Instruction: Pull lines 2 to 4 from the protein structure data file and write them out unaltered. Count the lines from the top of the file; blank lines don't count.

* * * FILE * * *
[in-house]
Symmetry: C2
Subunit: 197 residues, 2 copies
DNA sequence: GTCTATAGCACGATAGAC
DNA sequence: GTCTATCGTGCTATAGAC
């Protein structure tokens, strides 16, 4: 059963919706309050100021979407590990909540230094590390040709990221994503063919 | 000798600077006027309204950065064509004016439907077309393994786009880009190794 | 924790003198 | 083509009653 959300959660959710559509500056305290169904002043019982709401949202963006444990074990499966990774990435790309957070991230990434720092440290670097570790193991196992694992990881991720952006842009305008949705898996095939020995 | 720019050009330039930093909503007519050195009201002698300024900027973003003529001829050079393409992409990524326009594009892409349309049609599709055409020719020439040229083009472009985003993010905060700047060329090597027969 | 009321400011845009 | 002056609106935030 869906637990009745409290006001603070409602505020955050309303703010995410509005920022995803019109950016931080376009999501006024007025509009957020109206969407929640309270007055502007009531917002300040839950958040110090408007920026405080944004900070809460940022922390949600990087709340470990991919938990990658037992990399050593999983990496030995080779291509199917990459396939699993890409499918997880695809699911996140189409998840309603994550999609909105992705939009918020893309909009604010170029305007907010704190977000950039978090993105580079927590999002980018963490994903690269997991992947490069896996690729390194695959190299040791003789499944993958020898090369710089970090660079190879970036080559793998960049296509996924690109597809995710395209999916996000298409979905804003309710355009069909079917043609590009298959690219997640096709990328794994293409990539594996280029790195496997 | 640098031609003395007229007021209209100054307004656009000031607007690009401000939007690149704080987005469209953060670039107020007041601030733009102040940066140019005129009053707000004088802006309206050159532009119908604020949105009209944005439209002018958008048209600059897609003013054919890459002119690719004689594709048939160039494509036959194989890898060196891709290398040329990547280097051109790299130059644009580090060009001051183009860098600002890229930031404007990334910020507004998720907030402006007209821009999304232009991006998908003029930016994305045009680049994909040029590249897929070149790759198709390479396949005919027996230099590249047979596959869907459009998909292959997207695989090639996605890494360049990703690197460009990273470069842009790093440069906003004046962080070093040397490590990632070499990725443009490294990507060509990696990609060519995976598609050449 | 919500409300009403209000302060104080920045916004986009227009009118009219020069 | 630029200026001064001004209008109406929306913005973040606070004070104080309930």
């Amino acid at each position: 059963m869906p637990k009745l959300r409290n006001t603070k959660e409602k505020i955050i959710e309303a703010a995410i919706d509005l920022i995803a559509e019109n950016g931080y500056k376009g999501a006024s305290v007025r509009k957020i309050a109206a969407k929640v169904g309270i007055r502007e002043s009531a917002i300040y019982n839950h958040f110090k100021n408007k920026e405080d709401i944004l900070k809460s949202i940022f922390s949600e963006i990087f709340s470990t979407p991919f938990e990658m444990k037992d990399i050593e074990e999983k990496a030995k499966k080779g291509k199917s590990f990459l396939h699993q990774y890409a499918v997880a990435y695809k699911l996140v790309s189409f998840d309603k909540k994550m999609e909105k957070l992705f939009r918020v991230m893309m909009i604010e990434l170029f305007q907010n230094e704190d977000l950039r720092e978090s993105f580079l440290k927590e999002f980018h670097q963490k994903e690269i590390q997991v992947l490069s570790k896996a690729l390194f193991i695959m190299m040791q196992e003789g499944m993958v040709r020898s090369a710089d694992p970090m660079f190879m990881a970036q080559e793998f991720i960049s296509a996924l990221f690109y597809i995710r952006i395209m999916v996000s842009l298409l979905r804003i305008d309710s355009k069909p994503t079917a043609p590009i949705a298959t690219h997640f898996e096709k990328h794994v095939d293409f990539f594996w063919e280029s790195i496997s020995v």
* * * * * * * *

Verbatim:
Symmetry: C2
Subunit: 197 residues, 2 copies
DNA sequence: GTCTATAGCACGATAGAC